An Iranian court dismissed a lawsuit brought by a former Iranian boxing champion and member of boxing national team, who was shot by the Islamic Republic’s regime morality police after they stopped him together with his wife for her “improper hijab.”
Reza Moradkhani was shot several times by the Islamic Republic’s morality police in Tehran’s Pardisan Park in late April, after the officers harassed his wife for wearing improper head scarf and even pepper-sprayed his 11-month-old daughter, according to those familiar with the case.
The actions of the regime forces generated outrage from ordinary Iranian civilians, as it resulted in the boxing champion receiving massive abdominal surgery and the possibility of one year disability.
According to the accounts of the incident, as Moradkhani and his wife Maria Arefi were going for a stroll in Pardisan Park with their 11-month-old daughter, a morality police car stopped in front of Maria, asking for her national ID number to look up any vice issues in the system. When Moradkhani intervened and questioned the officer’s actions, several other police officers told him not to interfere, leading to an argument between Moradkhani and the morality police. The officers then got out of the car and separated the spouses, with Maria holding their child.
While one of the morality police officers tried to calm everybody down, another officer continued to curse at both Maria and insult Moradkhani, pepper spraying him in the face, while splashing it on his wife and daughter because of his objection to the officer’s insults. Ordinary Iranians in the park who witnessed this gathered around Moradkhani after the police officer fired gunshots in the air, shooting Moradkhani with several shots in his body and two to his legs. The police officer then continued to hit the boxer in the face with his feet, resulting in additional bodily injuries .
The interaction between the boxer and the morality police resulted in commotion with people screaming and videotaping the incident, while others called for an ambulance. The police officers chased several Iranians, seizing their phones and deleting their photos and video clips that showed the officer’s brutal actions. Several citizens headed to the nearby police station and filed complaints against the officers.
Since the creation of the Islamic Republic in 1979, the IRGC has established a police unit with the task of ensuring that citizens uphold Islamic code of conduct in public. The task of the officers is to ensure that women wear the hijab “correctly” and cover their hair, body, and discourage any cosmetics whatsoever. Should an Iranian male or female break the Islamic code of conduct, the morality police are required to impose fines and arrest members of the public but have also used brutal force against individuals who question the officers and their charges.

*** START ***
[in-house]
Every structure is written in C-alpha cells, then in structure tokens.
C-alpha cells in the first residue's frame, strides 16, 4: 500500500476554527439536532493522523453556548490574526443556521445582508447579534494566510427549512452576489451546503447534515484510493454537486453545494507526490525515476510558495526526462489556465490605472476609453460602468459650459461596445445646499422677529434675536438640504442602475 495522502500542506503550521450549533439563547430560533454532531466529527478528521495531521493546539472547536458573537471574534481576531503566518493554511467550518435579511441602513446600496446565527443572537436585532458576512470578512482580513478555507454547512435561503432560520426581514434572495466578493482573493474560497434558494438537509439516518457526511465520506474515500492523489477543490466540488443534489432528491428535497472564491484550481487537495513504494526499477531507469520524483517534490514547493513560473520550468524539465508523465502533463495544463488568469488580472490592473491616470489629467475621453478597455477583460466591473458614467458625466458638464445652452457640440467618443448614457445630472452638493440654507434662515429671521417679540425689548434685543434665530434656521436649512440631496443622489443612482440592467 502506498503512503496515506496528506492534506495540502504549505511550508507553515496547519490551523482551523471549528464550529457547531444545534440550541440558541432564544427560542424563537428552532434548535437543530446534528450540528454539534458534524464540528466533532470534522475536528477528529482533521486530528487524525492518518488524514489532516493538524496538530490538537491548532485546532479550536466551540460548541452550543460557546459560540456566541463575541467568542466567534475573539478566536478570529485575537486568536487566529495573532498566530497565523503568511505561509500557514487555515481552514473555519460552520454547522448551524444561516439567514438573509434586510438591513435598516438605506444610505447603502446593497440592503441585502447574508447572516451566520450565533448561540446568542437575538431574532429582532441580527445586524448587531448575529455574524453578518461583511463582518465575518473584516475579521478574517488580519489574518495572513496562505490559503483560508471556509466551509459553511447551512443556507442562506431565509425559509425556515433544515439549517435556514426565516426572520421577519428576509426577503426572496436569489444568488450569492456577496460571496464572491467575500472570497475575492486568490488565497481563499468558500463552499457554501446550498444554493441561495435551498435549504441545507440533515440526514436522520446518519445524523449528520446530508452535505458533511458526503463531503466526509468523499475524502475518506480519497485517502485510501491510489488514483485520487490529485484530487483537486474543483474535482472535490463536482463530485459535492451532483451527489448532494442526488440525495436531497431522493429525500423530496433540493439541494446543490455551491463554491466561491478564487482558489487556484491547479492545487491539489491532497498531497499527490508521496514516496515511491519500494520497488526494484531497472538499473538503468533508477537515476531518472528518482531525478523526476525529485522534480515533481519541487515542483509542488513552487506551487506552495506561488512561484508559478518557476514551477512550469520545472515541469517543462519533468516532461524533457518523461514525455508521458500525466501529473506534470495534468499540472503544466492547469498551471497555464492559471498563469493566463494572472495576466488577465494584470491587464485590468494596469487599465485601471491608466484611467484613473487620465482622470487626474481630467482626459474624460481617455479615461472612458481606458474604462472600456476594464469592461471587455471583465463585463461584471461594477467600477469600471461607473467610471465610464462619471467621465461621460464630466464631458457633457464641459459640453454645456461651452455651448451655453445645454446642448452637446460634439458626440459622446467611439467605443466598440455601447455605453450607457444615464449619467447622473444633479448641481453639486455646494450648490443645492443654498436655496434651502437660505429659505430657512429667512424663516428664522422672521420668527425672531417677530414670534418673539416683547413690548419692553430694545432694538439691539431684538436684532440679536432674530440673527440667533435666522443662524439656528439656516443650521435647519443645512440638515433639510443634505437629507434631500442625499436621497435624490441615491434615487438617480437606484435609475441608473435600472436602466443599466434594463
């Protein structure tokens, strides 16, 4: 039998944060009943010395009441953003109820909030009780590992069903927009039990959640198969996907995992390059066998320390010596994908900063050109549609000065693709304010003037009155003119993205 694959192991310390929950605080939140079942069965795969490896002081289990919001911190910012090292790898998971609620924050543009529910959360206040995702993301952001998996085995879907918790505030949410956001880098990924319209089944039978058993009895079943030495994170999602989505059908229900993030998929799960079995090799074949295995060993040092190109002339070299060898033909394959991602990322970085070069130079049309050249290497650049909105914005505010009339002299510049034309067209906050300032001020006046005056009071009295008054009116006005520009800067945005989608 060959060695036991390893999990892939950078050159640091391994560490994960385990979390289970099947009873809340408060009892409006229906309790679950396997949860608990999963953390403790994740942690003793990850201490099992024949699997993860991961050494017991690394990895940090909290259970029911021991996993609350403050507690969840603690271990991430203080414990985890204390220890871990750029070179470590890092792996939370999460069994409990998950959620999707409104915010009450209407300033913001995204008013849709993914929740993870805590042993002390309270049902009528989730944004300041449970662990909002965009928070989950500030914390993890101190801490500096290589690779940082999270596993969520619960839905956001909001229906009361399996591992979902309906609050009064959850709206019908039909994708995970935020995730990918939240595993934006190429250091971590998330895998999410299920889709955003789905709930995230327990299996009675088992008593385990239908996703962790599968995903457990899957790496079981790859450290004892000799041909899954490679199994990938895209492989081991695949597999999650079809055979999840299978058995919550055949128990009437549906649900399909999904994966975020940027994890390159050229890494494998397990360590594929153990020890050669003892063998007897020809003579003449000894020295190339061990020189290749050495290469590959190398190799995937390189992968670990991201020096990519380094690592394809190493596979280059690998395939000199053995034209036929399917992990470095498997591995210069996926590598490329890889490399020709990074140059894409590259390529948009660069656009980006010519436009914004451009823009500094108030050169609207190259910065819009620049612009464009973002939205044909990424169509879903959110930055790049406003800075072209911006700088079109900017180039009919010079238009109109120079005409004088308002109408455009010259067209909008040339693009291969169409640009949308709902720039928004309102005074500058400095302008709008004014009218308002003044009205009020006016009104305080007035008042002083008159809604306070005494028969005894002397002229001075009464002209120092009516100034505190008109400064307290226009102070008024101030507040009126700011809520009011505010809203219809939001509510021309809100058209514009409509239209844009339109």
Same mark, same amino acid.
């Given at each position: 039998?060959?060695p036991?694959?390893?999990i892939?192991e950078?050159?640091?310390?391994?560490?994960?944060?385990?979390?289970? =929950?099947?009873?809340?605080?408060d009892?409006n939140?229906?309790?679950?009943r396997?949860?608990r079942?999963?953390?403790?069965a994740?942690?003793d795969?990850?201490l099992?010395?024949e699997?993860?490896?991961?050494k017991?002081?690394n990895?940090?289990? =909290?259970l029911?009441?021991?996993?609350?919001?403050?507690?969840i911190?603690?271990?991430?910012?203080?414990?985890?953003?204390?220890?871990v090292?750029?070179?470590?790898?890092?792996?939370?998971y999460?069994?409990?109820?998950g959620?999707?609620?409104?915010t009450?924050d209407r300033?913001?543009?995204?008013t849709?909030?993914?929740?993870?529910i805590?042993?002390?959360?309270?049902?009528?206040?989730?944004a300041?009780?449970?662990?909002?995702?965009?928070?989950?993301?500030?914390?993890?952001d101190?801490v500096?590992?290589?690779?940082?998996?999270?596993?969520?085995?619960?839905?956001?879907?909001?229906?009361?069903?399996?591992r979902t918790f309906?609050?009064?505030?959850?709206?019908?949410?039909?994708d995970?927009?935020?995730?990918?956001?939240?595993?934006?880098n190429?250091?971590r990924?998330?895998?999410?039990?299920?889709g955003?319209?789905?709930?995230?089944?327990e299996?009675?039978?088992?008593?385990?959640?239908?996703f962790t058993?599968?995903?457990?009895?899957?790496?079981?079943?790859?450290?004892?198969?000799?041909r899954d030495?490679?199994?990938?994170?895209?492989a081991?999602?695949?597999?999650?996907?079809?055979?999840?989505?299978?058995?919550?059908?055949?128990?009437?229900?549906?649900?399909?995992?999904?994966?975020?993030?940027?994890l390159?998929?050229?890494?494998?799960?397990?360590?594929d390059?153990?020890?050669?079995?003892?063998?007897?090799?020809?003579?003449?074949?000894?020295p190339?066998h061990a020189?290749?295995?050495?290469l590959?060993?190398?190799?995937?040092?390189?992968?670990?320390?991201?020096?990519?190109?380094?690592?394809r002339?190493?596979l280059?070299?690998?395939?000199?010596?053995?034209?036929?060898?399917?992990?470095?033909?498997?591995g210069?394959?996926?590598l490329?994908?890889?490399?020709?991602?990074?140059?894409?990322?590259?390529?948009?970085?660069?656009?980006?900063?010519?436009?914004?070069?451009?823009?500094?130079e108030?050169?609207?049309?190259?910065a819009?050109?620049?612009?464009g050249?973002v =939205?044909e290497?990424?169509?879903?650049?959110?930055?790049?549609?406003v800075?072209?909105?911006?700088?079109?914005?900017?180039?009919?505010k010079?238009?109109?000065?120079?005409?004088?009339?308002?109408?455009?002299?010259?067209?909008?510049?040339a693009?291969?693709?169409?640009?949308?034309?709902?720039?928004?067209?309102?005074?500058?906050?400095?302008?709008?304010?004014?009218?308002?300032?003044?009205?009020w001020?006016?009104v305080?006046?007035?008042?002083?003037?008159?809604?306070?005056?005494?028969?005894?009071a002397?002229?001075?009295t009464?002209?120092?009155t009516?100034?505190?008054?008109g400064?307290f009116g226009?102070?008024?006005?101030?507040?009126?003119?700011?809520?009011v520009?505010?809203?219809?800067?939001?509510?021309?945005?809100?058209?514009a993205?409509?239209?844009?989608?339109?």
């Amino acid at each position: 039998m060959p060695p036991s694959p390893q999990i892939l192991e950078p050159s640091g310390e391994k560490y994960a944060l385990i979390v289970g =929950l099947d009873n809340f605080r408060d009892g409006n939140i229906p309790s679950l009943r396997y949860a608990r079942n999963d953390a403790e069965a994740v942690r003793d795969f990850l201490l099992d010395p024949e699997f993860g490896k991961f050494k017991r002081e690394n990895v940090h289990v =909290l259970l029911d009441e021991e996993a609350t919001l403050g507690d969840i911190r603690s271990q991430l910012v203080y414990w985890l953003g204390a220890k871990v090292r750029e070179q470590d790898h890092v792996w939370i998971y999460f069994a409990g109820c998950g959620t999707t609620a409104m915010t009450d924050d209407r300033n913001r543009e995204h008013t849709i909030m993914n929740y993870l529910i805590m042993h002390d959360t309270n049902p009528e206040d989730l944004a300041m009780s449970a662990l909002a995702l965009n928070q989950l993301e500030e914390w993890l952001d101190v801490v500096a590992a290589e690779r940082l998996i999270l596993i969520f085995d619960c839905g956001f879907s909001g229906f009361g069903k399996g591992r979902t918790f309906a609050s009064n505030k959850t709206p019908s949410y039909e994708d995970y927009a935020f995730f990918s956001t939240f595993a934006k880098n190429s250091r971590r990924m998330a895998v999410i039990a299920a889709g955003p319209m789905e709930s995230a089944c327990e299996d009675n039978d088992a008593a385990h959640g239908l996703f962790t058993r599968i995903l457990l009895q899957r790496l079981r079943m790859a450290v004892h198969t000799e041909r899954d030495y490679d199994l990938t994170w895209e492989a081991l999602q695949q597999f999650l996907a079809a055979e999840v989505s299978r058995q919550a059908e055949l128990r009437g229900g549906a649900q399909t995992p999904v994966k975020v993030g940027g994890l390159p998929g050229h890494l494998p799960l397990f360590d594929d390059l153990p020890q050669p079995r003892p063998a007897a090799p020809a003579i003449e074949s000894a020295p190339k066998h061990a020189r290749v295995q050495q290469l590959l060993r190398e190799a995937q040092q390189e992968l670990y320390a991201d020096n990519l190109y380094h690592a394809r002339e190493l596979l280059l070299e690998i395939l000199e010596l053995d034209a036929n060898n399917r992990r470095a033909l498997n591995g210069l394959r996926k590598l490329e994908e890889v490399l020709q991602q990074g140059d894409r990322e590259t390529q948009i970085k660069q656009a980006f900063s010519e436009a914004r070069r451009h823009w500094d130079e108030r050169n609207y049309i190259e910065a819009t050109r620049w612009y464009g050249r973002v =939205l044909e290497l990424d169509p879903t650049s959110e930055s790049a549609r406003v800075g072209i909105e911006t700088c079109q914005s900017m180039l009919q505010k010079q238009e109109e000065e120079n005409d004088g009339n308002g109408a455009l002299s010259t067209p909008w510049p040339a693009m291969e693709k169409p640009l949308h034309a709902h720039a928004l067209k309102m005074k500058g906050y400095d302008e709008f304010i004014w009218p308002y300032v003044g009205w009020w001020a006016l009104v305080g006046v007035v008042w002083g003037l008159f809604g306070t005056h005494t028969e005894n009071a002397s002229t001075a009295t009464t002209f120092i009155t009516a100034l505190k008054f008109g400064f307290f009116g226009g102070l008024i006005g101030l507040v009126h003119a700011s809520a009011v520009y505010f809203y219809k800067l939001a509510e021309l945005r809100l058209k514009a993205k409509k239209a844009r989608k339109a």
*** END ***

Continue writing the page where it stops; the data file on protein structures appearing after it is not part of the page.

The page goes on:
When the Iranian boxer and his wife decided to bring legal action against the police officers, they did not say anything about the incident, fearing that Iran’s judiciary system would not be fair to them. While in the hospital, police and judiciary officials visited Moradkhani and promised the boxer that they would take care of everything. However, the Iranian morality police soon filed a lawsuit against the couple citing unveiling, resisting arrest, and other unstained charges.
Jason Brodsky, a policy director of United Against Nuclear Iran (UANI), described the incident as “horrifyingly emblematic of the twisted Iranian judicial system. The authorities appear more concerned about the hijab than they are about police brutality against Iranian citizens. Athletes have been fleeing Iran in droves and participating under the banner of other national teams.”
Iranian scholar and commentator Alireza Nader explained that the morality police’s actions show the “brutality of the Islamic Republic, a totalitarian system unconcerned for the rights of Iranian citizens and also shows that the regime is able to operate without any accountability.”
“Simply put, there is no justice in Iran,” according to Nader.
In the end, the military court ruled against the couple, charging them with removing the hijab and attacking a police officer.
Given his current conditions, Moradkhani is now unable to continue coaching Iranian boxing due to the injuries he sustained. For many Iranians familiar with the Islamic Republic’s judicial system, the surprise ruling is not a shock, given that the regime has had a history of protecting and covering up its security forces.
Brodsky argues that the U.S., Europe, and human rights organizations should “publicize these incidents to demonstrate the suffocating security landscape in the Islamic Republic. Human rights should not be an afterthought when dealing with the Islamic Republic but a primary agenda item with all other aspects of Iranian malign behavior–nuclear and non-nuclear.”
Many human rights groups and activists point out that Iran’s morality police have caused numerous human rights violations and have led to the deaths and injuries of ordinary Iranians who question the regime’s hardline practice of Islamic law. Iranian women who have protested the Islamic Republic in the past and presently by chanting anti-regime slogans, taking over their hijabs, and talking back to the Islamic officials have been targeted, beaten, arrested, and even killed by the morality police for violating Islamic law.
In recent days, the Islamic Consultative Assembly has decided to review a law in which armed forces like the morality police would have more freedom to use firearms at all confrontations, leading to more aggressive actions against people like Moradkhani and his wife.